A former New York City garbageman, Giancarlo Mone is a both a first-generation Italian-American and—as of this semester—a first-generation college student, too. “I don’t see myself moving back,” he noted. “I wanted to see intellectual smarts in a blue-collar world, and I feel Alaska has that.”
Want to work on the Dodge Challenger? Or a Jeep Wrangler? Maybe that rare winterized Maserati or Alfa Romeo?
Through a new partnership between Fiat Chrysler Automotive (FCA) and the University of Alaska Anchorage (UAA), automotive students and current technicians now have greater access to the company’s wide fleet of vehicles without leaving the state.
The new partnership between the university and automaker will expand opportunities for students, save money for the dealerships, and meet a growing national need for technicians. Currently, Alaska’s Chrysler dealerships send technicians to training centers in the Lower 48. This program will start training students on FCA cars before they reach the dealerships, and allow current technicians to receive up-to-date training in Anchorage instead.
The partnership is a product of the National Coalition of Certification Centers (NC3), a nonprofit that connects the dots between colleges and companies in transportation, energy and manufacturing. Through the new agreement, FCA gives the university access to web-based training programs typically available only to full-time technicians, and allows a UAA faculty member to earn certifications as an FCA trainer.
“If you want to work for Anchorage Chrysler as a service technician, you would have to do these training modules that we’re just basically going to integrate into our program” explained Jeff Libby, director of the university’s Transportation and Power Division. That saves time for students, and allows them to graduate with industry-recognized certifications. UAA already offers a similar track with General Motors. “It definitely means that they’re going to have employment opportunities,” Libby said.
The partnership will unfold in two steps. First, UAA will incorporate the automaker’s online training into its regular automotive curriculum. NC3 predicts students who complete the FCA online training—which keeps pace with new models and technology—will be able to perform 50 percent of warranty work in a service department by the time they graduate.
“We have jobs in the maritime industry, with the seafood processing industry, and construction, mining, trucking industry is pretty supportive of us,” he said. “And our program is NATEF accredited, the National Automotive Technology Education Foundation, the only one in Alaska that has the accreditation. It’s a big deal.”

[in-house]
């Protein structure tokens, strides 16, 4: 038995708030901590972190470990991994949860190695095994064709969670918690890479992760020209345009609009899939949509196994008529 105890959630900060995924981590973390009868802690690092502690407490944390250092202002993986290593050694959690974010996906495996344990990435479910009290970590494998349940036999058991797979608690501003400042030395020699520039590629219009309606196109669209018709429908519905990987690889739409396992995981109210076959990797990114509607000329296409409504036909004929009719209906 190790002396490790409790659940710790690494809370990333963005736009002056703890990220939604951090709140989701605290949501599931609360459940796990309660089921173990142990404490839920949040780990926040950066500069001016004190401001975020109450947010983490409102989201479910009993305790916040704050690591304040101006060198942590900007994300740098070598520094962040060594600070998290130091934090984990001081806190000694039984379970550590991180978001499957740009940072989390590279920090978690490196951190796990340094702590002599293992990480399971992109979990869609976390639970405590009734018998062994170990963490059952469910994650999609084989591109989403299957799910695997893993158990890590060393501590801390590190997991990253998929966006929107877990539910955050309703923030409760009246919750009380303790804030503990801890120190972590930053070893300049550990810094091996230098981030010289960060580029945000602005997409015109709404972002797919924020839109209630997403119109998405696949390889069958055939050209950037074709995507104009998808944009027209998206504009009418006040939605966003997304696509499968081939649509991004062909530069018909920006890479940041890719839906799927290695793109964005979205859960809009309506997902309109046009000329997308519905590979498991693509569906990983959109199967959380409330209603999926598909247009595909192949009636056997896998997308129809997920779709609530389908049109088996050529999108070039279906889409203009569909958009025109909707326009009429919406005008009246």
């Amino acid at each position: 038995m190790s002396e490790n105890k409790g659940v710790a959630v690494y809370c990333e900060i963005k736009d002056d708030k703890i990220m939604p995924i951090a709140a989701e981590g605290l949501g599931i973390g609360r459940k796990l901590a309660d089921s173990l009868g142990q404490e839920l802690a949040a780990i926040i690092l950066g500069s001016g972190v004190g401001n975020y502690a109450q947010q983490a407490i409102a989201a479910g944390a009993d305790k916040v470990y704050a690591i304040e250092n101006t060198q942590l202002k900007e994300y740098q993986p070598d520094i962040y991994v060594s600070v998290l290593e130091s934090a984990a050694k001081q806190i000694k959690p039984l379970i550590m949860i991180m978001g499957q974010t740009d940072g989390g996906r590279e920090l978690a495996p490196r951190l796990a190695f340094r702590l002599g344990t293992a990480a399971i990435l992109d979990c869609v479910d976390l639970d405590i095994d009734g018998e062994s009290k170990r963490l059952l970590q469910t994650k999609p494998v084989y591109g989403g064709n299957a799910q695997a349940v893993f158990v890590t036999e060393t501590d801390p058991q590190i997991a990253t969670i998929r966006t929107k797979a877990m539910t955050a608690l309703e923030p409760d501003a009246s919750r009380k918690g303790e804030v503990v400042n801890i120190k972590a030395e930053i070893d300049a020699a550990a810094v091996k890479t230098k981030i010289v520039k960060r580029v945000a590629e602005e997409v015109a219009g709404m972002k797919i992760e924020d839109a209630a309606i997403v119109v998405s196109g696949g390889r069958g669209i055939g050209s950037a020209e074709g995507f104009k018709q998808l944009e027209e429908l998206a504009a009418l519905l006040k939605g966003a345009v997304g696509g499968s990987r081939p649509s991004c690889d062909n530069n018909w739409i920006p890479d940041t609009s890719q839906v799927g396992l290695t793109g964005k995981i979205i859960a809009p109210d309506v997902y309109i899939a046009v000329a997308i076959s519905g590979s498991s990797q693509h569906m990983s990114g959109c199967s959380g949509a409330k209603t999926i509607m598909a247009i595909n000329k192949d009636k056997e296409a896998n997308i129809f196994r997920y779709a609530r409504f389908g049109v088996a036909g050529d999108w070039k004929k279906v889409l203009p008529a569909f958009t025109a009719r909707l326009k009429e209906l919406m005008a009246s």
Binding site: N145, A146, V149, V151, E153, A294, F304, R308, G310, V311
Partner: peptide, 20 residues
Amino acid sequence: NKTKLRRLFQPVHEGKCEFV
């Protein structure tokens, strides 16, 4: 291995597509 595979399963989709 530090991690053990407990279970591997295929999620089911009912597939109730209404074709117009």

Libby says they’ve seen a 20 percent increase in enrollment in the past two years, due to the job demand and pay.
It’s brash. It’s bold. It growls and grumbles like a caged beast in the corner, strapped tight to the floor of the Auto Diesel Technology building.
Equal parts beauty and beast, the 2016 Chevrolet Corvette Z06 is the latest addition to UAA’s fleet of GM-donated classroom cars. “GM has been awful darn good to us for a while now,” said Darrin Marshall, associate professor of GM automotive courses. “This is just the pinnacle.”
#13 University of Alaska Anchorage – Community and Technical College
The University of Alaska Anchorage, the largest university in Alaska, is a public university that offers a straightforward approach to the study of automotive technology through its Community and Technical College division.
The school is career-focused, and the courses are modeled after corporate training programs, and based on ASE certification standards. It offers the unique option of the General Motors ASEP program, which specifically prepares students for automotive service career on GM vehicles, through partnering with GM dealerships. This provides strong career recruitment potential, as well as paid, on-the-job experience, and prepares students for Master ASE-certification.
The courses have small class sizes, and take a hands-on approach, allowing students to gain valuable experience with a wide variety of vehicles, working closely alongside instructors and peers.
The University of Alaska Anchorage is regionally accredited by the Northwest Commission on College and Universities (NWCCU) and its automotive programs are accredited by NATEF.
Associate of Applied Science – Automotive Technology with focus in General Automotive, or with focus in General Motors ASEP
Associate of Applied Science – Diesel Power Technology